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Vision problems that maternal grandmother and mother of the participant had should also be taken into consideration. It is advisable to consult an ophthalmologist from time to time to track any possible eyesight problems early in their development. Single cases of cancer, obesity, and anemia are also present; their risk is moderate. The case of colon cancer is less likely to be hazardous as this cancer was treated successfully. However, annual screenings still should be considered by the participant due to the fact that one of the relatives died of lung cancer. Both obesity and anemia can be prevented by changes in lifestyle and diet, for example by adding specific supplements if necessary or changing the diet significantly. As the participant is already diagnosed with GAD, he needs to ensure that his alcohol addiction is managed in order to prevent complications. Additionally, insomnia diagnosed in the participant’s father can also be the cause of GAD, which requires additional monitoring of Mark’s psychological well-being.

Planning for future wellness

The major risks that were detected during the evaluation are mental illnesses (GAD and subsequent insomnia), vision/eyesight problems, and arthritis. As the participant is already diagnosed with GAD, it is advisable to use suitable treatment methods. For example, Cuijpers et al. (2014) found that applied relaxation can be useful in the short-term, and CBT is more effective in the long-term. If necessary, treatment with medication can also be considered. In order to address potential eyesight problems, annual check-ups at an ophthalmologist seem to be a reasonable intervention to reduce the risk of undiagnosed or untreated vision issues in the participant. The presence of a cataract in one of the participant’s relatives indicates that the risk of developing a severe eyesight disease is high.

It is also advisable to spend less time using digital devices to avoid their negative influence on the individual’s vision and prescribe eye drops if the individual is diagnosed with dry eye syndrome or similar illnesses. Additionally, to prevent the development of arthritis at such age, the participant needs to be referred to a general therapist or a rheumatologist for a consultation. He can expect that the changes in his lifestyle will not be significant; regular exercise three or four times per week might be enough to prevent the development of diseases related to arthritis. Additional attention can be paid to the presence of cancer and obesity. Obesity can be prevented with the same intervention as arthritis: regular exercise that, in addition, could be combined with a balanced diet (less junk food and more components seen in the Mediterranean diet). As it was noted earlier, annual cancer screenings are necessary to rule out the risk of (colon or lung) cancer in the participant, although he does not currently express any complaints that could be connected to this diseases.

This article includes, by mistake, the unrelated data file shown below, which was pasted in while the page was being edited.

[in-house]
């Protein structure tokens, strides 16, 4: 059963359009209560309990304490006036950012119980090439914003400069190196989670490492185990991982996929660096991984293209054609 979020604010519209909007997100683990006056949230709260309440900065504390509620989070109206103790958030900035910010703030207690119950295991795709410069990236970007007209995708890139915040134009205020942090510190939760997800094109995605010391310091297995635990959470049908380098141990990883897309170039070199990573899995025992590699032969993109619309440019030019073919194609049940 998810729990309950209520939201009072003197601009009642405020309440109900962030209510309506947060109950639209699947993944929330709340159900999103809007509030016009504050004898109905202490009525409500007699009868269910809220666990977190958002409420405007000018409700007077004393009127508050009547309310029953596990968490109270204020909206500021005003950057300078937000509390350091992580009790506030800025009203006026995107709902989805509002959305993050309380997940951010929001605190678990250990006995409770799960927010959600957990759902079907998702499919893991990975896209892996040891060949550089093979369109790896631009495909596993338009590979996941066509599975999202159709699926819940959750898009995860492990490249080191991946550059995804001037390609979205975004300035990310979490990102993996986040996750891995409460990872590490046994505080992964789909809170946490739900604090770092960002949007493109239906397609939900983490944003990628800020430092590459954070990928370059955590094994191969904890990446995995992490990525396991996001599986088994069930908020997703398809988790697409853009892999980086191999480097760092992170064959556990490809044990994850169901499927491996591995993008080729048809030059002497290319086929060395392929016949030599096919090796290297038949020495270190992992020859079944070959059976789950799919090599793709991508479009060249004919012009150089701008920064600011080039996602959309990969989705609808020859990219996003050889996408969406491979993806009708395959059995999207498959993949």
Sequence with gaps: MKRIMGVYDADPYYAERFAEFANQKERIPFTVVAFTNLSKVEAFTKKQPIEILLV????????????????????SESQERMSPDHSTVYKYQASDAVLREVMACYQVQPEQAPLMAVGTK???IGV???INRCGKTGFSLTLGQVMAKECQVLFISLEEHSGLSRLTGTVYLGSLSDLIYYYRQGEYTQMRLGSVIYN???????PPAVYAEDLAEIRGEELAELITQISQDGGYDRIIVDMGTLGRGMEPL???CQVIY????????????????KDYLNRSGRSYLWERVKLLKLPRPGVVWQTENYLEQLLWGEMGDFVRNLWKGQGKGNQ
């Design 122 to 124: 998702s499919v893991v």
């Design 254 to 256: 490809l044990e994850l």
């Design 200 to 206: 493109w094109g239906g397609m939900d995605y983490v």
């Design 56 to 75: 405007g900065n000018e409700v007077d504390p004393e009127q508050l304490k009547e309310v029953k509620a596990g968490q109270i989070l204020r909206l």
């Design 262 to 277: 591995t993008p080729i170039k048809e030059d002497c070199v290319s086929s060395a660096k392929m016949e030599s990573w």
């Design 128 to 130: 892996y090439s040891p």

References

Cuijpers, P., Sijbrandij, M., Koole, S., Huibers, M., Berking, M., & Andersson, G. (2014). Psychological treatment of generalized anxiety disorder: A meta-analysis. Clinical Psychology Review, 34(2), 130-140.

Kurkó, J., Besenyei, T., Laki, J., Glant, T. T., Mikecz, K., & Szekanecz, Z. (2013). Genetics of rheumatoid arthritis — a comprehensive review. Clinical Reviews in Allergy & Immunology, 45(2), 170-179.